#TakeFiveWith Rosie Clarke
Could you tell us about yourself and your job role? And one hobby/fun fact?
My name is Rosie Clarke and I like to go to the theatre. I particularly like the ballet because as a child I went to dance school up until I went off to university. Even though I don’t dance now, I really love to watch the dancers perform ballet moves I used to practice.
I’m also a Senior Diversity and Inclusion consultant for Inclusive Employers, a Diversity and Inclusion consultancy. My job includes going out to organisations, meeting with them, finding out how they want to improve their workforce inclusion and then providing them with advice and guidance.
For example, an organisation might say they’re struggling to attract a diverse population of people to their job roles and we would advise them on how they could improve the recruitment process. For example we may tell them if you’re not very clear about how you can make reasonable adjustments or how welcoming you are to disabled candidates, some people with disabilities may not apply because they may not be sure their needs will be met.
What is a typical day like for you?
There isn’t really a typical day because this is probably the most varied job I have ever had. But the things I do regularly are things like visiting our members, who have an ongoing relationship with Inclusive Employers. I could be visiting any of our members in Manchester or Leeds or in South Yorkshire and sitting with them in their office for an hour talking about what they’re doing and giving them advice.
I might then go onto another meeting or do some planning and research. We need to keep up to date with what is the best practice and how the law is changing in relation to Diversity and Inclusion. It’s important that we do the research and reading to provide the best advice.
I also provide training – so some of my time will be spent preparing to deliver it e.g. getting the presentation together, preparing activities or exercises for the delegates, etc.
Could you tell us how you got into your role?
I got into my role in a very unusual way. Lots of people working in Diversity and Inclusion start their career in HR, but I started my career from a training angle.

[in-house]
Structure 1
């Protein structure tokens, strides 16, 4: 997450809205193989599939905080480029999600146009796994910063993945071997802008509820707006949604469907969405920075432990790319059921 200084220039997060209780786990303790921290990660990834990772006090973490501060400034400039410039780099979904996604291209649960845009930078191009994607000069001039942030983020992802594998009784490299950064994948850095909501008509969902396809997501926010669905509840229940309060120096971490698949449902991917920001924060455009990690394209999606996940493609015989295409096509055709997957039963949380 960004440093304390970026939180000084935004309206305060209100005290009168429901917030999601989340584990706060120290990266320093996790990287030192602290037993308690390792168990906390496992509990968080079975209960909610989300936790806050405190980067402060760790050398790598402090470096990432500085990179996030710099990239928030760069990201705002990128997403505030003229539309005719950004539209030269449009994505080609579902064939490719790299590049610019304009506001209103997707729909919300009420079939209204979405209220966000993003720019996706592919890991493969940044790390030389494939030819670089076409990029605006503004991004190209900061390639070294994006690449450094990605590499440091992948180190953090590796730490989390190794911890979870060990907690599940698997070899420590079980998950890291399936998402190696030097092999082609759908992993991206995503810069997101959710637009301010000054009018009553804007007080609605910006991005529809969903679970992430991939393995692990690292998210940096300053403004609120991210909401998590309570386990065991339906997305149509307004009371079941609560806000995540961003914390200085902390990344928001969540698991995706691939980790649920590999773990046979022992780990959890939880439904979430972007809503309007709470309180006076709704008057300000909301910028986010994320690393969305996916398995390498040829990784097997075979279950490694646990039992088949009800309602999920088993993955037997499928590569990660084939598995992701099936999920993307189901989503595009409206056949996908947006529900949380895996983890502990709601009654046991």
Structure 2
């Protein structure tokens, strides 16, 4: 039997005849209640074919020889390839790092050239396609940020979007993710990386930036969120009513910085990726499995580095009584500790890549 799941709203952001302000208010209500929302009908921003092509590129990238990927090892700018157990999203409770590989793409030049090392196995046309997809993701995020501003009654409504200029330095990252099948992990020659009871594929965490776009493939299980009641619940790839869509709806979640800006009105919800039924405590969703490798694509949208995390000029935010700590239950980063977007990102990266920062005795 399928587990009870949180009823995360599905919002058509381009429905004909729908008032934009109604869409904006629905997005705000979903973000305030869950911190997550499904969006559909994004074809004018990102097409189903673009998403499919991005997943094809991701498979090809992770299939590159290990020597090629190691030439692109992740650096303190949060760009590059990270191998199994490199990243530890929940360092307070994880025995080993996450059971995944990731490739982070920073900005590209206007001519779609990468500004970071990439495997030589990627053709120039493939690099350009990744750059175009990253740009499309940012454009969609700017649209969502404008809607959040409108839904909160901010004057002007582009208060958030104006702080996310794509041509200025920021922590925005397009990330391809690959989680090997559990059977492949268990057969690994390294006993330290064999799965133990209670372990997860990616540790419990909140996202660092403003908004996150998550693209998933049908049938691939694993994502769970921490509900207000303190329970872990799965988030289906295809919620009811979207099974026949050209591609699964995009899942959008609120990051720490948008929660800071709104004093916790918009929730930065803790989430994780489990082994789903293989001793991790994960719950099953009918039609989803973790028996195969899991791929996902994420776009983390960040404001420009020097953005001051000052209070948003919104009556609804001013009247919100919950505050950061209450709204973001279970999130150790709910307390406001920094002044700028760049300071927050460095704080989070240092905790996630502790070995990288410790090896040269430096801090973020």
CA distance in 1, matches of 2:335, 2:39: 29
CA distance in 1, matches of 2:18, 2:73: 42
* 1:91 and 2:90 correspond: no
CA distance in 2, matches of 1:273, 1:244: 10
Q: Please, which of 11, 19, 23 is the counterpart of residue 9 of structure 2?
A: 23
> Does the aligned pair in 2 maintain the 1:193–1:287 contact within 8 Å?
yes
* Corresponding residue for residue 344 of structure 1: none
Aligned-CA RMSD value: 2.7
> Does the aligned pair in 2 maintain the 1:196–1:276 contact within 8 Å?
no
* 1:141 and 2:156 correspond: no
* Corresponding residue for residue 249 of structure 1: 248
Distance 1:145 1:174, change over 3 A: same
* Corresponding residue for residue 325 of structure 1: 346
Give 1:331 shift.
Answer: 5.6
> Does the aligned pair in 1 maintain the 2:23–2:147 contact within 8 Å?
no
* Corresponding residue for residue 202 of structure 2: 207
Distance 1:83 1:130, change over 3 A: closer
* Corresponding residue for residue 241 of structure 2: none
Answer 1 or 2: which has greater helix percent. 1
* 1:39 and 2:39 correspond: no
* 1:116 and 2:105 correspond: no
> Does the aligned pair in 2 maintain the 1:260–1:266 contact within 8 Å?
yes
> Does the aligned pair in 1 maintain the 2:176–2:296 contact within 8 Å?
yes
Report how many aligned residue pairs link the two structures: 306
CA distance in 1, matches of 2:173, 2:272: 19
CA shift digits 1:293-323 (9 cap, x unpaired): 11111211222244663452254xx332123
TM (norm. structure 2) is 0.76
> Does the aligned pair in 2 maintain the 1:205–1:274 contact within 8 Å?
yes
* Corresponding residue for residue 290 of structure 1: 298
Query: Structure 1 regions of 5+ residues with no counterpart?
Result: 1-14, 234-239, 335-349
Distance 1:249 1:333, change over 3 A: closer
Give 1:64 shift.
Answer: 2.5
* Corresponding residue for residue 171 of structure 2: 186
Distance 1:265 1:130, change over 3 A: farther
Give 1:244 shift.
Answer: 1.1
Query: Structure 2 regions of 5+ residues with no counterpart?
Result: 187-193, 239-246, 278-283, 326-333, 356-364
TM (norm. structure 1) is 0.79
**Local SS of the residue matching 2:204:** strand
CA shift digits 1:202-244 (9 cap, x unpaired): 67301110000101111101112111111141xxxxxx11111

My original degree is in Theatre and Performance and throughout that degree I was working with communities, running Arts and Drama based workshops that would help the delegates work on their communication skills.
I worked with a lot of people with learning disabilities on developing their independence skills. We would roleplay situations like going to a shop, handling money, speaking to a cashier, etc. Lots of those things can be quite difficult if you have a learning disability or don’t understand the social environment, so we pretended to do those tasks in a safe space in a drama studio until the delegates built the confidence to do it in the outside world.
That was where I started my career doing Arts workshops particularly for people with learning disabilities, but also with lots of young people who had a difficult start in life and struggling emotionally. Then I worked at the local authority in a local council with young people and families who had a lot of barriers to getting a job – which gave me a lot of project management and strategic skills.
Through the arts and social services I got really passionate about how work can completely change people’s lives – which inspired me to join the council’s inclusion group. I volunteered to get involved with them by signing the council up for Inclusive Employer’s National Inclusion Week campaign and participating in it made me realise that I wanted a career in Inclusion. So a year later, I applied to become a junior consultant at Inclusive Employers, got the job and have been working with the company for three years!